Friday, September 02, 2011

“P. C. Pardon”


c. 2011 Rod Ice
All rights reserved
(8-11)




Most residents of Geauga County are familiar with the story of Peter Chardon Brooks. This erstwhile landowner from Massachusetts provided the property for our county seat, and was eternally honored in the process.

When I first came to town in 1983, I was immediately transfixed by the mural depicting Brooks’ story at Godfrey’s. (This establishment is now known as the Maple Leaf Restaurant.)

Though that painting is long gone, the tale continues to inspire local citizens.

Rick Bissell’s “Pardon My Chardon” Internet blog proves the point irrefutably.
Recently, I read his report of visiting P. C. Brooks’ grave, and was inspired by the unique adventure he described.

What follows here is the story itself, offered with Rick’s kind permission:

The Final Resting Place of Peter Chardon Brooks (edit)

A few years ago, I wrote an article for this blog about Peter Chardon Brooks and the history behind Chardon’s name: "On the Naming of Chardon." I wanted to include some information in that article about Mr. Brooks’ final resting place, but unfortunately wasn’t able to find any information about it… I’ve always felt that the article was slightly incomplete because of that missing piece of the puzzle. Today, thanks to a recent family vacation, I have that information.

My wife and I visited Boston several years ago in conjunction with a trip to Connecticut to visit relatives. This year, we decided to return, with one of our daughters, and we decided to drive so that we could spend a day in Concord before continuing on to Boston.

I was planning our agenda, and it occurred to me that we might have an opportunity to learn some more about Peter Chardon Brooks on this trip – perhaps even find his grave, which I assumed must be somewhere in, or near, Boston. Once again, I searched the Internet for information about Mr. Brooks and found a Wikipedia article which didn't list his grave site. This time, I also found a listing on www.findagrave.com which indicated that he was buried in Oak Grove Cemetery, in Medford, Massachusetts. I checked the map…we would be passing Medford on our way from Concord to Boston!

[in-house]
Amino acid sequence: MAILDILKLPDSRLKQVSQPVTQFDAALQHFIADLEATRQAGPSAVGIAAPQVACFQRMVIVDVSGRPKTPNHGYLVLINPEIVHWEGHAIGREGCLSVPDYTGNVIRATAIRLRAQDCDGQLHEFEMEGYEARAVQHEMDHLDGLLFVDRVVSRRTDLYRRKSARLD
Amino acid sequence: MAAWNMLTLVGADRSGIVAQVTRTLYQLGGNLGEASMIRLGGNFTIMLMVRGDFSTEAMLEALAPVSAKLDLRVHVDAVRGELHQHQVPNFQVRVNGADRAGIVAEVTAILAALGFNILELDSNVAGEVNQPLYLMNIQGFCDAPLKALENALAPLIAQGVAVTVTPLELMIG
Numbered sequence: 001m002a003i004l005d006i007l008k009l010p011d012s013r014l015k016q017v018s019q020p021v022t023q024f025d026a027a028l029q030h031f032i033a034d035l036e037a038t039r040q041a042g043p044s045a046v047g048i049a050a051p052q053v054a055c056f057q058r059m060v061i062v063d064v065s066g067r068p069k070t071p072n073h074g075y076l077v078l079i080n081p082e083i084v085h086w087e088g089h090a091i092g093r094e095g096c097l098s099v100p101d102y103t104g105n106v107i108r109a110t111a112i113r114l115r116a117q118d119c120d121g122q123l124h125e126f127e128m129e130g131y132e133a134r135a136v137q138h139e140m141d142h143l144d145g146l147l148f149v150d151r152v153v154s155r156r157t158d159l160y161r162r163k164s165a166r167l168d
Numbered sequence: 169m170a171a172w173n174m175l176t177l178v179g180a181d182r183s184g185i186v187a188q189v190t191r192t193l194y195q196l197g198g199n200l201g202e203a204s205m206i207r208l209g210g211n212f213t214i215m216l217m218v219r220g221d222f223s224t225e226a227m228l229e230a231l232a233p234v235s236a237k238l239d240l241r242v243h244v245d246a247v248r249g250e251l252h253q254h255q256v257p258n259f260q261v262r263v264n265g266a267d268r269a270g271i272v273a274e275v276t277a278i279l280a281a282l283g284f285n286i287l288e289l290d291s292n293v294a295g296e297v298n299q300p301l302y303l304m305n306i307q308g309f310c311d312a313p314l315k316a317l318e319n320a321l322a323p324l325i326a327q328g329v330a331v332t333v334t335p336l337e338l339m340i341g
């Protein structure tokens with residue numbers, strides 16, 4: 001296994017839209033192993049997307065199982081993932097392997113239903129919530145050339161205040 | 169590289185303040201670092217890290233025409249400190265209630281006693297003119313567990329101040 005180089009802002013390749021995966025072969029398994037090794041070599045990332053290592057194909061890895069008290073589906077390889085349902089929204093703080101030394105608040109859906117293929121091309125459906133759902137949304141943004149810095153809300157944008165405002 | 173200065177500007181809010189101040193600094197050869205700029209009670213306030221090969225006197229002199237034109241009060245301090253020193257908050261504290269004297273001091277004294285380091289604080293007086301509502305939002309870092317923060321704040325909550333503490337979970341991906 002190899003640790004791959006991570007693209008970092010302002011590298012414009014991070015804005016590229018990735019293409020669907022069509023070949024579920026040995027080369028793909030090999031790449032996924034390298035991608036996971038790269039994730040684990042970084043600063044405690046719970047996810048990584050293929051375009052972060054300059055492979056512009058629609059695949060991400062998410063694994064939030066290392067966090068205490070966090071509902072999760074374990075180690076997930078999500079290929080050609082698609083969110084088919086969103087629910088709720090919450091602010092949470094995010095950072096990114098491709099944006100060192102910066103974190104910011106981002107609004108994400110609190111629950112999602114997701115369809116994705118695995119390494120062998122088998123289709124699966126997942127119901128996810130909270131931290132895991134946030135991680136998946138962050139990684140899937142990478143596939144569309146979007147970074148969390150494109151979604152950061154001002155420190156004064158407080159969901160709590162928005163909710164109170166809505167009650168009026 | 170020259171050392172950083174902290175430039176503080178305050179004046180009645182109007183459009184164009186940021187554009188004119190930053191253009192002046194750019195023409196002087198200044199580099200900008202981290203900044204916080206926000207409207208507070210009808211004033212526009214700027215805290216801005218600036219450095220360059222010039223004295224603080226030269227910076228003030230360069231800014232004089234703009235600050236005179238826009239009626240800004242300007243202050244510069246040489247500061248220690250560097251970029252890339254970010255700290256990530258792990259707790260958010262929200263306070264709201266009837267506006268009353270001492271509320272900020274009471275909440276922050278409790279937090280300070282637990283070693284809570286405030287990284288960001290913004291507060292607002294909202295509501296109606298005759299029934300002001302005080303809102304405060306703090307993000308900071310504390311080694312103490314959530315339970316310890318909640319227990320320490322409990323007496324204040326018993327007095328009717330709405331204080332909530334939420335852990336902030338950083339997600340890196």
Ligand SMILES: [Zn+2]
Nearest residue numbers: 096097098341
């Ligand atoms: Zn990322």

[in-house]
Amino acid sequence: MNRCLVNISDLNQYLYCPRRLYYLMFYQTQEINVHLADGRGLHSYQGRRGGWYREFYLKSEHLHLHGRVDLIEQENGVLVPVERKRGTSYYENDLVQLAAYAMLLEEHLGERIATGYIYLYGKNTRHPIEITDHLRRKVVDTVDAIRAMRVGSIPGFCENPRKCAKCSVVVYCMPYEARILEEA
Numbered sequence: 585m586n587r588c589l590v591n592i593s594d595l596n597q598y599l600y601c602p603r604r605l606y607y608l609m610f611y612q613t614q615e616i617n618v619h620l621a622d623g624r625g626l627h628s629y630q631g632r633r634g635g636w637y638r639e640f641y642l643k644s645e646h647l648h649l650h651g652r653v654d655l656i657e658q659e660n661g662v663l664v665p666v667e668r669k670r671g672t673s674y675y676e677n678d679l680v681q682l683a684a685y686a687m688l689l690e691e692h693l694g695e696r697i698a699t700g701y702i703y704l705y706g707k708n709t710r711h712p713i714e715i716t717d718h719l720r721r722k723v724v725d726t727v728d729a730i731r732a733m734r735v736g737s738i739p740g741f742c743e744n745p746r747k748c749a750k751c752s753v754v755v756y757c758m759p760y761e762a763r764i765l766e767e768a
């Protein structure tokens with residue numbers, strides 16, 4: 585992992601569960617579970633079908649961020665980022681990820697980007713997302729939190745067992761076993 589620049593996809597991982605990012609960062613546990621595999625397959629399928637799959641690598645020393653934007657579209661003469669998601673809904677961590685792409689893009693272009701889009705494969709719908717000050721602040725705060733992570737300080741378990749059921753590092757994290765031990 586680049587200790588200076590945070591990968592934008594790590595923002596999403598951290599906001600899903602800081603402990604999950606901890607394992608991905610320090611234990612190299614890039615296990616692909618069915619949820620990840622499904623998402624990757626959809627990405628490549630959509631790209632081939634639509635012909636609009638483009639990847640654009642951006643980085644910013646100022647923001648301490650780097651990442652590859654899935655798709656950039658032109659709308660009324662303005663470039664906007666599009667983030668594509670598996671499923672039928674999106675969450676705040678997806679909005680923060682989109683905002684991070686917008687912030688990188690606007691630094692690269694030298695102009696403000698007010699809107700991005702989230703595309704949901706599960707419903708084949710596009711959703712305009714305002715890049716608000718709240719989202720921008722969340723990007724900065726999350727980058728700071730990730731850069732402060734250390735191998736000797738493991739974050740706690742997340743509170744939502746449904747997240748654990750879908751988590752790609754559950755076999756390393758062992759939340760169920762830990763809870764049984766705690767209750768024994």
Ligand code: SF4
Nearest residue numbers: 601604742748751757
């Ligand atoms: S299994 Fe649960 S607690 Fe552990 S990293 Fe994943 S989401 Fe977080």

Having this piece of information, I went into full research mode. The findagrave site did not have a picture of his grave and did not show a map with its exact location, something we would need if we visited the cemetery. I searched the Internet for more information about Oak Grove Cemetery and found out that it is located adjacent to a noteworthy piece of property – The Brooks Estate! I discovered that the Brooks family has lived in Medford since the 17th century. You can read more about the estate here at www.brooksestate.org. I also found contact information for the cemetery on the Medord city website.

Having this, I sent emails off to the Brooks Estate and to the cemetery. The Brooks Estate did not return my email, which was very disappointing. I had better luck with the cemetery. The helpful proprietor replied to my email and confirmed that Mr. Brooks was indeed buried in the cemetery, and gave me the plot number. He said that I should be able to get a map at the office and find it pretty easily. I filed this information away for our trip.

After a pleasant day in Concord, we headed into Medford, a pretty town about 30 minutes away. A GPS is a wonderful thing…we found the cemetery on Playstead Rd, and found the office located just inside the gate. I asked a fellow behind the desk for the location of Peter Chardon Brooks, assuming that he would know it off the top of his head, but it didn’t seem to be noteworthy to him, and he pulled out a box filled with index cards and started flipping through them, looking for the grave. There was a bit of confusion for a few minutes, and for a moment I thought we were in the wrong place. Apparently, the original grave was located at the Salem Street Burial Ground, which is Medford’s oldest cemetery, but was recently relocated to Oak Grove. The man confirmed that there was a family plot that had Mr. Brooks, his wife, and his children. He pulled out a map and showed me how to find it. We got in the car and went looking for Peter Chardon Brooks.

Oak Grove is a very large and beautiful cemetery…I wish that we could have had more time to explore it.

As you can see, the headstone looks to be fairly new, with little weathering; it is obviously not the original headstone from the Salem Street burial ground.

We had a wonderful time on this trip, and finding the grave of Peter Chardon Brooks was definitely one of the more interesting things that we did. Standing at his grave, I had to wonder how many “Chardonites” (if any) have stood here before me, thinking about the man who generously donated some of his property in the Western Reserve for the foundation of a town that would bear his middle name - a town that he never got to see.

I took out a small stone that I had brought with me from the Chardon square and gently placed on his headstone. “Thanks for the town…” I said.

Peter Chardon Brooks is buried in Oak Grove Cemetery, 230 Playstead Road, Medford MA, at Plot 212, Grave 1, on Oak Ave. Rick Bissell’s blog is at: www.pardonmychardon.com.

Comments about Thoughts At Large may be sent to: icewritesforyou@gmail.com
Visit us at: www.thoughtsatlarge.com

1 Comments:

Blogger EmAManda said...

I enjoyed reading your article about the man after which Chardon was named.
:-)
Emilie

2:22 AM  

Post a Comment

Links to this post:

Create a Link

<< Home